But we can make some changes. We need to focus on the problem of mental health, and when I say that, I mean find a solution for the sick folks to get help, real help. The kind of help that isn't two weeks of drugging them up, then throw them back out into the world.

We have failed these people thus far, it's time to stop being failures.



+2 more 
posted on Oct, 28 2020 @ 10:14 AM
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a reply to: network dude

I have 2 points.

1. Before I jump on the mentally ill bandwagon, I'd like to know what kind of mental illness the victim had.

2. I'm against socialized healthcare but in the case of mental illness, it should be completely, 100% government-run. Many/most mentally ill don't have insurance, it's a financial black hole. The government should foot the bill for treating mental health since there's no way to make it profitable.



posted on Oct, 28 2020 @ 10:41 AM
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a reply to: DBCowboy

No. I do not want the government deciding who is crazy. Please consider an alternate solution.



posted on Oct, 28 2020 @ 10:53 AM
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originally posted by: drewlander
a reply to: DBCowboy

No. I do not want the government deciding who is crazy. Please consider an alternate solution.


Sure, I’m open to any solution!



posted on Oct, 28 2020 @ 10:54 AM
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a reply to: drewlander

They already do, in a legal sense.



posted on Oct, 28 2020 @ 10:56 AM
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Suicide by cop it used to be called.




posted on Oct, 28 2020 @ 11:00 AM
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originally posted by: drewlander
a reply to: DBCowboy

No. I do not want the government deciding who is crazy. Please consider an alternate solution.


The government doesn't have to. It's the care after you are committed.

Folks who are genuinely certifiable are not competent to care for themselves, and they have to be managed in order to retain any degree of stability. But being managed involves institutionalization - 24/7. That means money and resources. Some of them may never be able to be stable enough to move beyond and institutional setting, and again, that means money and resources. But I would rather spend my social welfare money on the people who genuinely cannot do for themselves than on those who simply did not do and refuse to do for themselves because they know the government provides.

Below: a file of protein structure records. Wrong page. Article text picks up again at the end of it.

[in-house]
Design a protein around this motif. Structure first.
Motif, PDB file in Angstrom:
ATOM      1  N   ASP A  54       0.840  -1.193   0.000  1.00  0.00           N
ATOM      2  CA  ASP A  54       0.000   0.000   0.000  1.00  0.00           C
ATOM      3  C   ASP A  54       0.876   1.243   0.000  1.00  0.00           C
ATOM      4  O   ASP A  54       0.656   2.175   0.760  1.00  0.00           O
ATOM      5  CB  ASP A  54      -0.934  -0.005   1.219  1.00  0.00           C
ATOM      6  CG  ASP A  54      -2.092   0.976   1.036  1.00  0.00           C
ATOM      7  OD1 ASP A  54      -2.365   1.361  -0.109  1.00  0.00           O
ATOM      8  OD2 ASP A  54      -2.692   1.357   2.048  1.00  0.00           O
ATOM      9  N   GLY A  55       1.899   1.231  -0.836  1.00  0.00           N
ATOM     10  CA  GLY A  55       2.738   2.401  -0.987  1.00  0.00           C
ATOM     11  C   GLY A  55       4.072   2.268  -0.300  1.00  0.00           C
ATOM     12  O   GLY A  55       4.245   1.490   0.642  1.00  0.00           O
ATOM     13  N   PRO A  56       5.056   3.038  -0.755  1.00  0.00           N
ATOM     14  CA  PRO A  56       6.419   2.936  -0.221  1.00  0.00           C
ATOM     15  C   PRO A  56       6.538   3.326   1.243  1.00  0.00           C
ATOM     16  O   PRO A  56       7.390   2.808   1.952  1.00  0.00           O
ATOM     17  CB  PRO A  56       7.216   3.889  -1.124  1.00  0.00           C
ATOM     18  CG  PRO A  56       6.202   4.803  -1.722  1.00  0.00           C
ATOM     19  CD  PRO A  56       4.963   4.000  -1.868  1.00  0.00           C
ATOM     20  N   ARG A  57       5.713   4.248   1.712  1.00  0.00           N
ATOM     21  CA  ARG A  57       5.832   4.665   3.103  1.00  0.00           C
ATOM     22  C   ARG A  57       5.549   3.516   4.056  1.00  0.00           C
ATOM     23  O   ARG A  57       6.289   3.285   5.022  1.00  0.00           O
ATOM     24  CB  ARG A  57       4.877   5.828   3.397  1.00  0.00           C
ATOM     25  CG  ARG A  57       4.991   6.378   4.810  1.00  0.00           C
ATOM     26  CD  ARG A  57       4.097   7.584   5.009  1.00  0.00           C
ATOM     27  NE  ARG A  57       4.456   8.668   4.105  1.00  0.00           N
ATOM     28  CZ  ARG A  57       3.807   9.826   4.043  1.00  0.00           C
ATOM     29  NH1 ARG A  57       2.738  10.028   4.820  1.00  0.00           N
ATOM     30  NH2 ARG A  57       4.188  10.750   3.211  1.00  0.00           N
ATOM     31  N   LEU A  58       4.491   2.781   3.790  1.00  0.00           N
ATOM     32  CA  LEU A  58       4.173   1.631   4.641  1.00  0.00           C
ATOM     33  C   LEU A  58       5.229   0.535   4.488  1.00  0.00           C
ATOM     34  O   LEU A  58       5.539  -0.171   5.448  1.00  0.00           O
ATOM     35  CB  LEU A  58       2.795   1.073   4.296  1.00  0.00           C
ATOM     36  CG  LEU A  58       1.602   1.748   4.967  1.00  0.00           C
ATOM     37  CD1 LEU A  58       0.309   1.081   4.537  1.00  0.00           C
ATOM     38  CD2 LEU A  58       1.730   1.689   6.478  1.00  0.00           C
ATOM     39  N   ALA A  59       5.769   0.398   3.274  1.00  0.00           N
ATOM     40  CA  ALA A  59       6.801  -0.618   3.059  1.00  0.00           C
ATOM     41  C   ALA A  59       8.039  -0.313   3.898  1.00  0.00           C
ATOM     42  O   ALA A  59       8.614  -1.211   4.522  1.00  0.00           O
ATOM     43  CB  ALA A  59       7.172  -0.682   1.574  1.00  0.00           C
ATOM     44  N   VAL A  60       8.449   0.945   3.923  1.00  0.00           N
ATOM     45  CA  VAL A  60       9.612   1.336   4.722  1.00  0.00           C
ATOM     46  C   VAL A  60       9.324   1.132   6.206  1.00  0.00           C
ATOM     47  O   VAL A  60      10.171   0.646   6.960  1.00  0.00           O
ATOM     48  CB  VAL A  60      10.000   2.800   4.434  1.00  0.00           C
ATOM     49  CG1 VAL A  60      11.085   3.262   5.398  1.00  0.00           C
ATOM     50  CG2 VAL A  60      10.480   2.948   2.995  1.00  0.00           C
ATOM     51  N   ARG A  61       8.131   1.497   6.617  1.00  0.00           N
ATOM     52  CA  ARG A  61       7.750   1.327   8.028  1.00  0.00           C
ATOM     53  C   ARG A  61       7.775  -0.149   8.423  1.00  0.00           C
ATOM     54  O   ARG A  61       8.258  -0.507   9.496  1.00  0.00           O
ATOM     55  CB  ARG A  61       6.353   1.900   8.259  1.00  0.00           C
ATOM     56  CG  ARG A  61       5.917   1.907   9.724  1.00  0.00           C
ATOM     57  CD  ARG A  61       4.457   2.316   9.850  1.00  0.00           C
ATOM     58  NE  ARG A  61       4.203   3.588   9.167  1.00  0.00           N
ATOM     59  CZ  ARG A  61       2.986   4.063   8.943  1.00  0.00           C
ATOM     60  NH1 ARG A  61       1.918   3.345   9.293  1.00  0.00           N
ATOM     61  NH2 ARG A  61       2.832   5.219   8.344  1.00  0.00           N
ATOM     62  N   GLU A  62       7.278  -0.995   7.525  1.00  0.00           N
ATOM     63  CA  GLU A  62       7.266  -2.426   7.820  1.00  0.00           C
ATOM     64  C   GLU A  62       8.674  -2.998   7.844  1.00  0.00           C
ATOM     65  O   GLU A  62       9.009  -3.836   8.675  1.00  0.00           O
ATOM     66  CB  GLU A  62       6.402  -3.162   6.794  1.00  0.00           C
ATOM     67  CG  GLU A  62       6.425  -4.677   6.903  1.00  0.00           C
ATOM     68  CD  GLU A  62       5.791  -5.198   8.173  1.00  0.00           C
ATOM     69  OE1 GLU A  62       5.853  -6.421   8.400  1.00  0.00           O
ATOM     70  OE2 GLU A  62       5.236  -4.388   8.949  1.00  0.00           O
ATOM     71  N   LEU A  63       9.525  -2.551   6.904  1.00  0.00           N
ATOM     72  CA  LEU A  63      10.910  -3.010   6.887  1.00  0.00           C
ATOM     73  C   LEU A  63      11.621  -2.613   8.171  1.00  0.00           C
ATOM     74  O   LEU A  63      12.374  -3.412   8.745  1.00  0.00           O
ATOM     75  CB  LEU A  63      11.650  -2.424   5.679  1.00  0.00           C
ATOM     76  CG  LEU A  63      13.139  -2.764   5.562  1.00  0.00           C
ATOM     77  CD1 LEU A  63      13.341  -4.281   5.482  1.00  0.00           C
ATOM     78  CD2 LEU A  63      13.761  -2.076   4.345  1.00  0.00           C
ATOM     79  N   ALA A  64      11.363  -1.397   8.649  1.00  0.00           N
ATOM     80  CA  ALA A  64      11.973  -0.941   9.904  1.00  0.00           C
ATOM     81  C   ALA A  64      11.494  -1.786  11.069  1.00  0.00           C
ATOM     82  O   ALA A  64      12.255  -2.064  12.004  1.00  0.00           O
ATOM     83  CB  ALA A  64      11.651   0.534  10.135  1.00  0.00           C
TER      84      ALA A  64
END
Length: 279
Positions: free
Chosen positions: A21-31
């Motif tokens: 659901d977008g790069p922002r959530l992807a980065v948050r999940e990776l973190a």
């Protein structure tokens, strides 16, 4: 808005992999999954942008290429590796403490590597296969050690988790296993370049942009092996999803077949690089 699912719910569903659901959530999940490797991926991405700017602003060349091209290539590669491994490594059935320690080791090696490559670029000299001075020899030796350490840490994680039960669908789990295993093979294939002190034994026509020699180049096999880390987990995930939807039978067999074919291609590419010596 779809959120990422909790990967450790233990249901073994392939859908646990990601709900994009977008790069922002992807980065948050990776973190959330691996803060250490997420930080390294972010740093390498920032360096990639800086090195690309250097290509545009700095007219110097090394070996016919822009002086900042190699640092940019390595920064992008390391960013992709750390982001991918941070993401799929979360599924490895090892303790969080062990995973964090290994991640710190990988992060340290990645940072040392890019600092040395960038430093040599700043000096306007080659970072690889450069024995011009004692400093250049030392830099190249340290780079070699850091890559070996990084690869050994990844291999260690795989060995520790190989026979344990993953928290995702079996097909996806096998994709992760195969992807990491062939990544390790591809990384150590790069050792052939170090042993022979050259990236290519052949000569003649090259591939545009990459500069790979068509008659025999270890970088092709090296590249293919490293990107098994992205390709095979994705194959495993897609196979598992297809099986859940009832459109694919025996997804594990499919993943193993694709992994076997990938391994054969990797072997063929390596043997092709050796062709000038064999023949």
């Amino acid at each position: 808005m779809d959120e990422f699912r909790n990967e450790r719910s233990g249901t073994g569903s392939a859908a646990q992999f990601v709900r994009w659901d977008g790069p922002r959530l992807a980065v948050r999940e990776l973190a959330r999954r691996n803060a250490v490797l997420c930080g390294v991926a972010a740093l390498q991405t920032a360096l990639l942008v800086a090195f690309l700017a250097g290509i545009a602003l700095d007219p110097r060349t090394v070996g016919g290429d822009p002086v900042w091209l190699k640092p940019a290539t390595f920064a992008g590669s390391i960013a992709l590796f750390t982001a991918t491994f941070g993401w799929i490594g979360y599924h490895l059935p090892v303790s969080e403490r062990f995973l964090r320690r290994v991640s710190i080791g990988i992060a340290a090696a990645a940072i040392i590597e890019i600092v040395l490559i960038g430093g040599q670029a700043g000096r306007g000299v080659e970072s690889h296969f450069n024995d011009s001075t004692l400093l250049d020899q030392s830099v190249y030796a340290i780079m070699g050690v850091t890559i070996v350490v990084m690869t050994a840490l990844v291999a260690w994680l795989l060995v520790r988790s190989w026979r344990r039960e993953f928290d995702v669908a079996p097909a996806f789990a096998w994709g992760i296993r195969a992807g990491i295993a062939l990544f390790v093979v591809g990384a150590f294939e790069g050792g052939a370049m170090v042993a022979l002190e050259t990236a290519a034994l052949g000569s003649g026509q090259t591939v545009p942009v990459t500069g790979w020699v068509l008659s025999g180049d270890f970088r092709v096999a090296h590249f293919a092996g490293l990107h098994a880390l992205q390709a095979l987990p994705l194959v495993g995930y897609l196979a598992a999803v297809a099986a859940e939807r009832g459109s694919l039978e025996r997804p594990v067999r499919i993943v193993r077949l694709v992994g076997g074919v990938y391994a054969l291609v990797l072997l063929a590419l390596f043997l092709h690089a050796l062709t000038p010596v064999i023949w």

edit on 28-10-2020 by ketsuko because: (no reason given)



posted on Oct, 28 2020 @ 11:09 AM
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as the replies seem to point to, this isn't a simple fix. But I think the solution could be obtained if the good thinkers had some motivation to take this on.

Basic healthcare seems to be equally as screwed up and broken, we've had 10 years to come up with a better option than ACA, and so far, nobody has.

It seems with progress comes regression. Back when I had affordable health care, these facilities still existed.



posted on Oct, 28 2020 @ 11:13 AM
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a reply to: network dude

Unfortunately health care, mental or physical care, is a business. I huge business.

Doctors used to become doctors because they had a genuine desire to provide medical care to their patients, even when they knew that it paid little in the way of dollars and cents. They were lucky to get piano lessons for the kids or a chicken or some eggs.

Most doctors of today enter into the business of medical care. They expect to be well reimbursed for their services. So when you look at all the people who want a piece of the pie, there is only one way to make that work. Without money, you are knee deep in bills, drowning, suffering, or dying.



posted on Oct, 28 2020 @ 11:15 AM
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Mental illness is also a huge driver of the homeless problem and why it will never be actually solved until society accepts that some people are just batsh*t crazy and need to be forcibly institutionalized. They cannot function in society.

I don't really have an issue with publicly funded loony hospitals. I think it would be far cheaper than spending the money on jails and all the other ancillary costs we incur now by not having these people institutionalized.

Police are in an unwinnable situation. I do think cops in the US rely on lethal force a bit too much but unlike other countries, our citizens can be armed so I also feel like the risk here is a lot higher than say in England or other European countries where citizens aren't typically armed.

There aren't any easy solutions



posted on Oct, 28 2020 @ 11:16 AM
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a reply to: network dude